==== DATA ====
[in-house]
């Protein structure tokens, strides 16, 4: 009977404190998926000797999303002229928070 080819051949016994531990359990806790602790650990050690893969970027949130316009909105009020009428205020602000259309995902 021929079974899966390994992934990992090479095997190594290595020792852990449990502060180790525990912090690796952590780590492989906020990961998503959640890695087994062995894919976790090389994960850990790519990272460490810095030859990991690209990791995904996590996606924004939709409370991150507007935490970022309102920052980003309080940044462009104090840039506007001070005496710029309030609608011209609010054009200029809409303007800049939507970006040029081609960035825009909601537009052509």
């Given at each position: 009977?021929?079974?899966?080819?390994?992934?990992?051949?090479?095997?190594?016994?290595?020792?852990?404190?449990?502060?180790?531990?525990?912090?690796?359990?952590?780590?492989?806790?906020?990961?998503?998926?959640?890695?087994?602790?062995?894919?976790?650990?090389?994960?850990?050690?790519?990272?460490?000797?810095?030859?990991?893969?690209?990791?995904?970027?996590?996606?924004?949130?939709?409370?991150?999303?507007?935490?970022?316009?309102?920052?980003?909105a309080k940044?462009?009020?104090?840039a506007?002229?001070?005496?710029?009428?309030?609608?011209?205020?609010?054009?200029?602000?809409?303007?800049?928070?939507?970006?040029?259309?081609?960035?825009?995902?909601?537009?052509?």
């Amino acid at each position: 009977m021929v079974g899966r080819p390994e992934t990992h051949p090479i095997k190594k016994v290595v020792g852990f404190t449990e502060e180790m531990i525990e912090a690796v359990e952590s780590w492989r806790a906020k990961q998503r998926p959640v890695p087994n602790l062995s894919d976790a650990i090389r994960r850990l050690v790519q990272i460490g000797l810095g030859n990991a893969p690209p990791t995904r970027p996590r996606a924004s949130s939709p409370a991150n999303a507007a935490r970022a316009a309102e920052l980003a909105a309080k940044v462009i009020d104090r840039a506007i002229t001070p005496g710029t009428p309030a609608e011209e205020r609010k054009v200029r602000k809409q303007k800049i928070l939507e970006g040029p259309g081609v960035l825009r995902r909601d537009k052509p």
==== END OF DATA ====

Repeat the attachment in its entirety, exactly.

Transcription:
[in-house]
């Protein structure tokens, strides 16, 4: 009977404190998926000797999303002229928070 080819051949016994531990359990806790602790650990050690893969970027949130316009909105009020009428205020602000259309995902 021929079974899966390994992934990992090479095997190594290595020792852990449990502060180790525990912090690796952590780590492989906020990961998503959640890695087994062995894919976790090389994960850990790519990272460490810095030859990991690209990791995904996590996606924004939709409370991150507007935490970022309102920052980003309080940044462009104090840039506007001070005496710029309030609608011209609010054009200029809409303007800049939507970006040029081609960035825009909601537009052509």
């Given at each position: 009977?021929?079974?899966?080819?390994?992934?990992?051949?090479?095997?190594?016994?290595?020792?852990?404190?449990?502060?180790?531990?525990?912090?690796?359990?952590?780590?492989?806790?906020?990961?998503?998926?959640?890695?087994?602790?062995?894919?976790?650990?090389?994960?850990?050690?790519?990272?460490?000797?810095?030859?990991?893969?690209?990791?995904?970027?996590?996606?924004?949130?939709?409370?991150?999303?507007?935490?970022?316009?309102?920052?980003?909105a309080k940044?462009?009020?104090?840039a506007?002229?001070?005496?710029?009428?309030?609608?011209?205020?609010?054009?200029?602000?809409?303007?800049?928070?939507?970006?040029?259309?081609?960035?825009?995902?909601?537009?052509?």
């Amino acid at each position: 009977m021929v079974g899966r080819p390994e992934t990992h051949p090479i095997k190594k016994v290595v020792g852990f404190t449990e502060e180790m531990i525990e912090a690796v359990e952590s780590w492989r806790a906020k990961q998503r998926p959640v890695p087994n602790l062995s894919d976790a650990i090389r994960r850990l050690v790519q990272i460490g000797l810095g030859n990991a893969p690209p990791t995904r970027p996590r996606a924004s949130s939709p409370a991150n999303a507007a935490r970022a316009a309102e920052l980003a909105a309080k940044v462009i009020d104090r840039a506007i002229t001070p005496g710029t009428p309030a609608e011209e205020r609010k054009v200029r602000k809409q303007k800049i928070l939507e970006g040029p259309g081609v960035l825009r995902r909601d537009k052509p």